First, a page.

History of the Bulldog

Although the breed has undergone dramatic changes over its history, the Bulldog remains a favored pet dog.


History of the Bulldog

The Bulldog in the U.S

Just as the Bulldog has enjoyed a long and colorful history of companionship in its homeland, Britain, soalso have Americans embraced this remarkable breed. Sources reveal that Bulldogs were in the US since the moment of its inception (around 1776 or earlier). The breed was counted among the first breeds recognized by the American Kennel Club (AKC), and participated in the first Westminster Kennel Club show in 1877. Ten participants were Bulldogs, and they were owned by fanciers like F. M. David of Montreal; A. Van Cortland, Jr., F. T. L. Lane, J. Matthews and J. B. Miller of Manhattan; A. Van Cortland of Kingsbridge, NY; J. Mortimer of Manhattan; George Raper of the UK; and J. D. Townsend of Manhattan. The first AKC champion of the breed was Robinson Crusoe, who earned the title in 1888. His brother, Britomartis, also a champion, was considered to be another fabulous specimen in the day.

Established in 1890, the Bulldog Club of America (BCA) was incorporated in New York on February 29, 1904. The first president was J. E. Thayer and T. L. Parks was the first vicepresident. The first specialty was held in 1907, under the auspices of the AKC. The official newsletter is called The Bulldogger and is available to all club members. More information about the club can be found online by visiting the website, www.thebca.org.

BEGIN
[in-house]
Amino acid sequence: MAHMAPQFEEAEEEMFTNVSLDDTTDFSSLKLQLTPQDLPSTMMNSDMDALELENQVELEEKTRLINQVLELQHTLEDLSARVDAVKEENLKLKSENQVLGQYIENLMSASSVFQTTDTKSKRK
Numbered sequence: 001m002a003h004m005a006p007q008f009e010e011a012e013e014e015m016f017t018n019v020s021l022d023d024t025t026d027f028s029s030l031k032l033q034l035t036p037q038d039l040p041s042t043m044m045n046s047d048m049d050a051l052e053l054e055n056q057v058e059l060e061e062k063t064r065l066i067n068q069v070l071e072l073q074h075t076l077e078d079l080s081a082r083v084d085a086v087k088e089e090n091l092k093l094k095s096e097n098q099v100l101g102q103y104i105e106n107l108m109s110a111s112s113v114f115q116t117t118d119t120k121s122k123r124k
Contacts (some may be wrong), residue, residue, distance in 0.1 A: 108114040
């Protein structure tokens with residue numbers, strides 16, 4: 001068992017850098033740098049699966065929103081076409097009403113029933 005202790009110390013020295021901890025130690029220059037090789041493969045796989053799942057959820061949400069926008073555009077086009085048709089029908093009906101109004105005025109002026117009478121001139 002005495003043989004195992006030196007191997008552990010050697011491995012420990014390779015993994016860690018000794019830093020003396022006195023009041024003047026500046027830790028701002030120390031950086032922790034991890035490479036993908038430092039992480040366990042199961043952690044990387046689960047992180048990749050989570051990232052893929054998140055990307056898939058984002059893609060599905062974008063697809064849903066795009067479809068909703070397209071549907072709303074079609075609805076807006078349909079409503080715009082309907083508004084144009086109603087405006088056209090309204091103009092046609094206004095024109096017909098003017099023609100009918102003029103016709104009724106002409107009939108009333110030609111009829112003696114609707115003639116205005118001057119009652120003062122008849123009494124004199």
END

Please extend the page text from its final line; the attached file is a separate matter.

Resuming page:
In the early days of the BCA, the breed was only represented at the major shows by small numbers, perhaps as few as ten dogs. The formation of the new parent club served to organize its members, and breeders more consistently participated in the shows. At the 1891 Westminster Kennel Club show, some 51 Bulldogs participated, in part due to the 16 silver trophies and medals the BCA offered to the winners. For the next few years, the breed became a major force at shows all across the US. The Grand Trophy, originally called the Parke Cup, was the most prestigious of the awards, and the first such victor was "Harper," a recent English import who caused a great stir on the American dog scene. The brindle Ch. Saleni was another Bulldog who won grandly on both sides of the Atlantic.